In a remarkable move, Vietnam has announced to suspend the import of live pigs from Thailand following the discovery of African Swine Fever (ASF) in a batch of imported hogs this month, the government said in a statement on Friday. The Thai will launch an investigation but stated found any traces of ASFv so far.
News agency Reuters reported that the move aimed to prevent the disease spreading to the domestic pig herd, the statement said, adding that the suspension will take effect from June 30. According to the government, ASF was found in a batch of 980 live pigs imported from Thailand on May 19.
Text continues underneath image
The pigs were intended for slaughter in Vietnam. As a result of the ASF epidemic, supplies of pigs have been relatively low, leading to high prices. That situation has been cooling down in recent weeks already.
According to state media, quoting the Vietnamese Ministry of Agriculture and Rural Development (MARD) earlier this year, Vietnam imported more than 500,000 live pigs from Thailand in the 2nd half of 2020.
The news is remarkable as Thailand has officially never reported outbreaks of African Swine Fever, thus officially being an oasis of disease-free zone in South East Asia. All surrounding countries have officially reported outbreaks – Myanmar, Laos, Cambodia and Malaysia have.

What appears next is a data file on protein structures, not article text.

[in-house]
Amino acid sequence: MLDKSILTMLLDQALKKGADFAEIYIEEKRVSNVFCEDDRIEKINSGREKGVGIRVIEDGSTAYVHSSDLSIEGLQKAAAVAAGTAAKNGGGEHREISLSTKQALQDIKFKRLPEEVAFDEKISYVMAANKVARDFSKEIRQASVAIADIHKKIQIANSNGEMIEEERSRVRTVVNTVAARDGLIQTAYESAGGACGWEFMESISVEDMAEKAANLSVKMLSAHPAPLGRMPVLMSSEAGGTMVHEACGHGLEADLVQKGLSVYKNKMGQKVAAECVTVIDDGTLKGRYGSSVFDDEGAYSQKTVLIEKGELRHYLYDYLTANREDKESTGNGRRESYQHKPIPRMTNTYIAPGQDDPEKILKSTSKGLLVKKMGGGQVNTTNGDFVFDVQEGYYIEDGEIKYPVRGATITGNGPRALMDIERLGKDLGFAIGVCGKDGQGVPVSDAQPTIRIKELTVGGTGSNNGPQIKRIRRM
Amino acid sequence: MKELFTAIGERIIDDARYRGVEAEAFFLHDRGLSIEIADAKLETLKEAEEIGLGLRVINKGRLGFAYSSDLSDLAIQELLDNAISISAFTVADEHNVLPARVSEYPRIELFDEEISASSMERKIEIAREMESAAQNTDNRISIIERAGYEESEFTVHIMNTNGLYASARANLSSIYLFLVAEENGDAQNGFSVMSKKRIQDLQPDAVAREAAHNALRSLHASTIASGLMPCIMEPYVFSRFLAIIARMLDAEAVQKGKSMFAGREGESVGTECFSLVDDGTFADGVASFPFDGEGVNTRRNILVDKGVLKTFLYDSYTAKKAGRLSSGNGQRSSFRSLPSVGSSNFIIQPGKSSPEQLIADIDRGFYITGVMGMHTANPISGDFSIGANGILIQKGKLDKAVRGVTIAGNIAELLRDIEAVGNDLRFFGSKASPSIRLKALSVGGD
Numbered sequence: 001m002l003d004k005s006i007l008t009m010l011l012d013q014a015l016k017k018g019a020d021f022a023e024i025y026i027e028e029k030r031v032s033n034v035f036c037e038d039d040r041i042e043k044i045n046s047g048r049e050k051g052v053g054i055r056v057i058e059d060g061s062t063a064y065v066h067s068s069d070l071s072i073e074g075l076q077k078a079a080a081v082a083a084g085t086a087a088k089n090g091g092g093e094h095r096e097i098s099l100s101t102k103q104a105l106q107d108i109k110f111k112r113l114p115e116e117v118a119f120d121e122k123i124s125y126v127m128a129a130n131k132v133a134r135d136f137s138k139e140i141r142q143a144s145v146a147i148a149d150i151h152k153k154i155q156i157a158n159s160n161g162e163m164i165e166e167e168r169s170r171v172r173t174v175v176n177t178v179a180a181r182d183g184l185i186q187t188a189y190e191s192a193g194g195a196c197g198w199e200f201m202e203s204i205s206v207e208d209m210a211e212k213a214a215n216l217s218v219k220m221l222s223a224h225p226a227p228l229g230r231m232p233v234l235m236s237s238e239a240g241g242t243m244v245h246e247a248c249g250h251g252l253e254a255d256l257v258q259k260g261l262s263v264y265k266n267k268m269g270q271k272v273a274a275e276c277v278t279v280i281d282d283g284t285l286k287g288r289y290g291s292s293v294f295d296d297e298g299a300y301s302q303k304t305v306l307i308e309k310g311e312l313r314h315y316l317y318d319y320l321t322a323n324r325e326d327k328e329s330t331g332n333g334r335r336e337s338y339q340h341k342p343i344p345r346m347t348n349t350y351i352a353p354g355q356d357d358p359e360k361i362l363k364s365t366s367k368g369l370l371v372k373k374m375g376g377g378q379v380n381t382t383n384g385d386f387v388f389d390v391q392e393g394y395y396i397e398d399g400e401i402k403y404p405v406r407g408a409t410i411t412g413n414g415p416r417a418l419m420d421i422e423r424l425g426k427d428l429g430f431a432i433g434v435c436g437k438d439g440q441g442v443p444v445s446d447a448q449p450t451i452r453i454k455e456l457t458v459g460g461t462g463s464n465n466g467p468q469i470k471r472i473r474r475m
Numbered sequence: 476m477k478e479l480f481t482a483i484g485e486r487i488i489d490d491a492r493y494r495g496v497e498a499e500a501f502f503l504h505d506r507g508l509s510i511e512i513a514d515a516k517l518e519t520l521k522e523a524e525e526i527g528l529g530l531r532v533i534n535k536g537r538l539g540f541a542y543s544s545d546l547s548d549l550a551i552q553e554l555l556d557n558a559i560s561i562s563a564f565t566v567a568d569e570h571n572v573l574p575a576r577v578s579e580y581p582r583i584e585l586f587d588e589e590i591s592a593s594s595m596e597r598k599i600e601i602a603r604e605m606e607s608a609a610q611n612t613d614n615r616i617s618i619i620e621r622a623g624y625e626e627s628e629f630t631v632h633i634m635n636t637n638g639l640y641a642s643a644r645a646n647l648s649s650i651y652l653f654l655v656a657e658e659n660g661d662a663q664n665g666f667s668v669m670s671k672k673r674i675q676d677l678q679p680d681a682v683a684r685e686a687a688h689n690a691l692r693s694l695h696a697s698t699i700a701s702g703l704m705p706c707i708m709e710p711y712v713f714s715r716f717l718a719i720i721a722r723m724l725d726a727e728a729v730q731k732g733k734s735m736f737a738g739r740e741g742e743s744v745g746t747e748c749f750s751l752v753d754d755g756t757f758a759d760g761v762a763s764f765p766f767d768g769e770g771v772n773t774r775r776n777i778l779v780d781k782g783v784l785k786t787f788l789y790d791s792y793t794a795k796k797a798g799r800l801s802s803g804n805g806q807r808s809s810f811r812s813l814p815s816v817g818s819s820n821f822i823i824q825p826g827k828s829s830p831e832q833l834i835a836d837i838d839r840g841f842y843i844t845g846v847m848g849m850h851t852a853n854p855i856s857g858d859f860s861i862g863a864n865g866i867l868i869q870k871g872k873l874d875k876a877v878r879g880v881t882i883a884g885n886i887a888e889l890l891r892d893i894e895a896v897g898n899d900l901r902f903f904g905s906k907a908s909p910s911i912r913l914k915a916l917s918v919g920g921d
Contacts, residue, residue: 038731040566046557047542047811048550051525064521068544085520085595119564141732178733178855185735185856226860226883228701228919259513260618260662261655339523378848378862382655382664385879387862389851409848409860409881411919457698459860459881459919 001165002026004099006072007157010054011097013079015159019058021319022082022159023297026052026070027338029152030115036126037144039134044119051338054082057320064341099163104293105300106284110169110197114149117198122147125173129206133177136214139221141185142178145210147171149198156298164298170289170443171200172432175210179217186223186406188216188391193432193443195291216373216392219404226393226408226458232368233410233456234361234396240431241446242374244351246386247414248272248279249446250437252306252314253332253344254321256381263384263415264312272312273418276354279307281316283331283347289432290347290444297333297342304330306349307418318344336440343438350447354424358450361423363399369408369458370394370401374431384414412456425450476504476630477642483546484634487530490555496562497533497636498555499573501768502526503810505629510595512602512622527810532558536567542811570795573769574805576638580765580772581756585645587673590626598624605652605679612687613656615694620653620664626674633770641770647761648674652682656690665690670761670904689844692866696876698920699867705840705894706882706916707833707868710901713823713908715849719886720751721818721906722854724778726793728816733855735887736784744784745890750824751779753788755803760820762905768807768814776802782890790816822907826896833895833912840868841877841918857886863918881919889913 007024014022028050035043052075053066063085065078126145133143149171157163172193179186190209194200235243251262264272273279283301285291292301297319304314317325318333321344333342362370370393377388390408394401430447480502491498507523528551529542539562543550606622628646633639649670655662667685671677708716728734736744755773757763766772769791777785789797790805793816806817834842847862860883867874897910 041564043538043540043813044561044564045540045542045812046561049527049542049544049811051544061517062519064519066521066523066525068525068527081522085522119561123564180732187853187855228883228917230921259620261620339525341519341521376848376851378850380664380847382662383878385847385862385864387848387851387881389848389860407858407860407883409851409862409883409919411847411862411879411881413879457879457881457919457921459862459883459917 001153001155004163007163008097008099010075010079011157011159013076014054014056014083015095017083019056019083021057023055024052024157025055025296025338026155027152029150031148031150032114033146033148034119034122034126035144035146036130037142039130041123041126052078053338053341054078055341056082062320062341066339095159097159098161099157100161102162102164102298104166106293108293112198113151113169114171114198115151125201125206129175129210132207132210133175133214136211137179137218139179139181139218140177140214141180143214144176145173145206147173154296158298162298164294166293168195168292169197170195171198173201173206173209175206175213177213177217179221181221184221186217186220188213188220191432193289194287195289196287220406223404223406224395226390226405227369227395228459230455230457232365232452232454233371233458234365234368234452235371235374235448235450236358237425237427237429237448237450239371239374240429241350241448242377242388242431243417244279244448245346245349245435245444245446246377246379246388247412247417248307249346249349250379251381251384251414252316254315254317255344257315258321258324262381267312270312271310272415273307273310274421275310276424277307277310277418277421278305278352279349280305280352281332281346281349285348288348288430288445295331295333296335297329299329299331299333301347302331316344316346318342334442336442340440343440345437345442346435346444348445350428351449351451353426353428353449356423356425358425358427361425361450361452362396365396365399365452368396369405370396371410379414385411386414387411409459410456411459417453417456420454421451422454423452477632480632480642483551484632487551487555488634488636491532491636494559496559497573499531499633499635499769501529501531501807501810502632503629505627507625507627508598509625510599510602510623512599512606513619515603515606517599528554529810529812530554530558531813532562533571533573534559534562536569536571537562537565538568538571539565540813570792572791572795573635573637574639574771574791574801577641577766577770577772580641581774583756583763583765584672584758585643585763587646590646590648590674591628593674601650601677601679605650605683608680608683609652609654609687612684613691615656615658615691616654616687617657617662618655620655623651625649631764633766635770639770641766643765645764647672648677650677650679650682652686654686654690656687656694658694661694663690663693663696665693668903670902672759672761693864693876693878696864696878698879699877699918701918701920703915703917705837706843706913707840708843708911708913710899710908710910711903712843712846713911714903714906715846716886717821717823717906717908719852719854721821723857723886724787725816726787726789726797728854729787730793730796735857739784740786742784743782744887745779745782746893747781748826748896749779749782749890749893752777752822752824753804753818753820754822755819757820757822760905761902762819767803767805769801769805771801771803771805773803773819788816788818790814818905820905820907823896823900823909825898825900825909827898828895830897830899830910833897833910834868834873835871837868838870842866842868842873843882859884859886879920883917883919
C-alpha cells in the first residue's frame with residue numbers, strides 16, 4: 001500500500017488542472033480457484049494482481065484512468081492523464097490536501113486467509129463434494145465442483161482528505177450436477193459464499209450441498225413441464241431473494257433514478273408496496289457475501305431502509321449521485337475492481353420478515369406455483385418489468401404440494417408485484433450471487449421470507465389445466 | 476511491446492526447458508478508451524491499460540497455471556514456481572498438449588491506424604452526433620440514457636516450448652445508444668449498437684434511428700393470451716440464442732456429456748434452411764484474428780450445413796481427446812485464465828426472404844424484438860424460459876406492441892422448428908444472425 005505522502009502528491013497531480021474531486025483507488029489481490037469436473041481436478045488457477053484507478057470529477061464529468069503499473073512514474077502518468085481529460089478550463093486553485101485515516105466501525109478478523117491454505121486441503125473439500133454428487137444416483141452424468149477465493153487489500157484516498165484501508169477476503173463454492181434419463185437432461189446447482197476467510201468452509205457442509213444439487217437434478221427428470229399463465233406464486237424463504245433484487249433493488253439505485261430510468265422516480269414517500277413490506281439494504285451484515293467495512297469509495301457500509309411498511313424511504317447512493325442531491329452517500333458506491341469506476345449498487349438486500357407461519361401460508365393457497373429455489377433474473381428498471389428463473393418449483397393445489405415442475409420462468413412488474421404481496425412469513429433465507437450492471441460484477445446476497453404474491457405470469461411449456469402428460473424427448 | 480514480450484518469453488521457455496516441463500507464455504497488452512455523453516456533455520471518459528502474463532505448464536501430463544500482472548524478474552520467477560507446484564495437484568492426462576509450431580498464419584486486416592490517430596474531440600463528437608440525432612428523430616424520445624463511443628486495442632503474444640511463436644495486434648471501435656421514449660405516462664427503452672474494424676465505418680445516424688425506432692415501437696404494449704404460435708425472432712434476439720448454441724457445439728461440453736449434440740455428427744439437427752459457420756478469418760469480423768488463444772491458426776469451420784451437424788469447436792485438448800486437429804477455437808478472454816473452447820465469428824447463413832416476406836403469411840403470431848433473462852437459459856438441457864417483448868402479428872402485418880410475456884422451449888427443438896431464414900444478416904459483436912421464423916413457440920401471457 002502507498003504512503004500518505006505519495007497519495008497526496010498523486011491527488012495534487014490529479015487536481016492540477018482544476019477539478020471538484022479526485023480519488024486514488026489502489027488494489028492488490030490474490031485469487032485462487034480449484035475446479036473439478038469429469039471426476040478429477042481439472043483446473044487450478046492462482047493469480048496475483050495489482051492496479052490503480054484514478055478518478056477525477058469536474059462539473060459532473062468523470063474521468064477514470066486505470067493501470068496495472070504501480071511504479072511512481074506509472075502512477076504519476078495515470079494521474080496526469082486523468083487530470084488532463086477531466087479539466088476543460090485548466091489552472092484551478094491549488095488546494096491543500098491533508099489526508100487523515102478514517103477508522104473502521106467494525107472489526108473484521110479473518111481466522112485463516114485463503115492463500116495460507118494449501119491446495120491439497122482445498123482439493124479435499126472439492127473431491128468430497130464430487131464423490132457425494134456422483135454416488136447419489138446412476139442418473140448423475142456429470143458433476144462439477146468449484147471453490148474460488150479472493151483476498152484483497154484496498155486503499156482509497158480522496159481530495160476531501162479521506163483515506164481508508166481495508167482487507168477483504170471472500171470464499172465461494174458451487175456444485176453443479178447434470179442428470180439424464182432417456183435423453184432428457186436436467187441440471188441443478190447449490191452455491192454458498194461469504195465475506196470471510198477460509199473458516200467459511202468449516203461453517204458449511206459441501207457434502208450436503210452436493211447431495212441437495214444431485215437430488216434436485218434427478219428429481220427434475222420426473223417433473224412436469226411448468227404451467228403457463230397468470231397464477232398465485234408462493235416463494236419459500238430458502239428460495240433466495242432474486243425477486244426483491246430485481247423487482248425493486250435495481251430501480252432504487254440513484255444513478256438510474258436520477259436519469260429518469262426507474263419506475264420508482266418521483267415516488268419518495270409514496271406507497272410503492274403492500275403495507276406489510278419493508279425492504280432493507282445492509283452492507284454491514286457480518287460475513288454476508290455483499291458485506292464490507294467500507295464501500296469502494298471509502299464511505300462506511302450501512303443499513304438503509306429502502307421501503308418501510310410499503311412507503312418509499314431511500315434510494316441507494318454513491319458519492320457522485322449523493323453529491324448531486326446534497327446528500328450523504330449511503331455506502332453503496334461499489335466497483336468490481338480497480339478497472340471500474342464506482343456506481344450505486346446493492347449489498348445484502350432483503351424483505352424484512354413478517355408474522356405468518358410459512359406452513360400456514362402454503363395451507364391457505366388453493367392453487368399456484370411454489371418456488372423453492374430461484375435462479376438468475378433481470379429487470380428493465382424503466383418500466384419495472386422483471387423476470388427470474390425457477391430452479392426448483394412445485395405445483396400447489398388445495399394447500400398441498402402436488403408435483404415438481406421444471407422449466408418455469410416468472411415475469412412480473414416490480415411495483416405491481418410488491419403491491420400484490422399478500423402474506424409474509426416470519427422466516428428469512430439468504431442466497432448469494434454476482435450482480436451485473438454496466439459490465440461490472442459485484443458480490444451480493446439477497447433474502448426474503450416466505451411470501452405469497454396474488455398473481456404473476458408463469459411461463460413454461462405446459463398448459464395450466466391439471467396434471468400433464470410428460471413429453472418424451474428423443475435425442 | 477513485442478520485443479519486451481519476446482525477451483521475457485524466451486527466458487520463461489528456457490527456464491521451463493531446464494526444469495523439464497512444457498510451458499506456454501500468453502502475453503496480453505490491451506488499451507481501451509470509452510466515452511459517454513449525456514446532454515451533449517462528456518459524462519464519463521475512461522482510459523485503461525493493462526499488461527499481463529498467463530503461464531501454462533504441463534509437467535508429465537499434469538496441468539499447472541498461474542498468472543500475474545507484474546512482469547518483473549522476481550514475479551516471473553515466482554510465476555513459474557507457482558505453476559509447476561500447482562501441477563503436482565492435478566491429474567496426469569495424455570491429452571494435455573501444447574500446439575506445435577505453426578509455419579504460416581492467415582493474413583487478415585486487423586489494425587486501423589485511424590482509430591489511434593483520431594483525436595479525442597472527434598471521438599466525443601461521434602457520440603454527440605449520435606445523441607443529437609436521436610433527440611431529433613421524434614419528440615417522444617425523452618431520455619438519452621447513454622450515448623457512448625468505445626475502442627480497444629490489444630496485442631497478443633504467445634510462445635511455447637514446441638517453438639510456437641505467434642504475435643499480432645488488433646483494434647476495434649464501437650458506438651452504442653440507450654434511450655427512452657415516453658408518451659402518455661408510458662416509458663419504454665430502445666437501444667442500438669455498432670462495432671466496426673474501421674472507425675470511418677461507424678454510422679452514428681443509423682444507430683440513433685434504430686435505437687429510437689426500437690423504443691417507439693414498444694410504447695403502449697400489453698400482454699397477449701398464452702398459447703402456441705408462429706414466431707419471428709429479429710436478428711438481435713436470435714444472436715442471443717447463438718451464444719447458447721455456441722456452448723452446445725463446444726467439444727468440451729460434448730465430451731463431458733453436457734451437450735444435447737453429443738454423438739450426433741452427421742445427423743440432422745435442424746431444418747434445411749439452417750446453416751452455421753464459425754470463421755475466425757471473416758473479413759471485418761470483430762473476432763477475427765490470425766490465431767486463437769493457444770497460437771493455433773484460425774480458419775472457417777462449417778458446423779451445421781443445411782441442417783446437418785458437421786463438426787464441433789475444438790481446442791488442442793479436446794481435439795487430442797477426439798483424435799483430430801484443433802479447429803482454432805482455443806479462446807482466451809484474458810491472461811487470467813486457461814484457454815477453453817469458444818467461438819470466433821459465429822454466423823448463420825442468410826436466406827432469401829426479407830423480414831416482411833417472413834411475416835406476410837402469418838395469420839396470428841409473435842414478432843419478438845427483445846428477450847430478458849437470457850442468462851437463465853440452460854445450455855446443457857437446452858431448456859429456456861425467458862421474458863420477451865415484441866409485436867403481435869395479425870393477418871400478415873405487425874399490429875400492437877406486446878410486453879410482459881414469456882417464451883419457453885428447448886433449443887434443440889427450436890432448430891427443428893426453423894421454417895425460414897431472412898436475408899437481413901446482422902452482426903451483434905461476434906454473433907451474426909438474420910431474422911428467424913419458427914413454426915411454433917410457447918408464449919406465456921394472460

The country holds a strong trade position in Asia and does export both pigs and pigmeat.
Thailand and Vietnam do not share borders. According to the website Zingnews, the attempted importing had been happening at the Lao Bao international border gate, which is right in the middle of Vietnam, just north of Da Nang. The location has been marked with a green truck sign. The transport had to go through Laos in order to reach the Vietnam border. The shipment had a value of 6.2 billion Vietnamese dong (US$ 270,000).
Quoting the chief of the Thai Department of Livestock Development (DLD), the Thai newspaper The Nation reported that preliminary investigations did not reveal any trace of ASF virus in live pigs being exported.
Sorawit Thanito, director-general of the department, said, “To restore confidence in Thai livestock products among foreign trade partners, we have ordered a temporary halt on export of live pigs from the company and farm from which Vietnam claimed they found the virus.”
A committee will be set up to investigate the issue.
The department also ordered all exporters of live pigs to Vietnam to perform laboratory tests at the outgoing quarantine stations by testing samples from at least 10 pigs per truckload.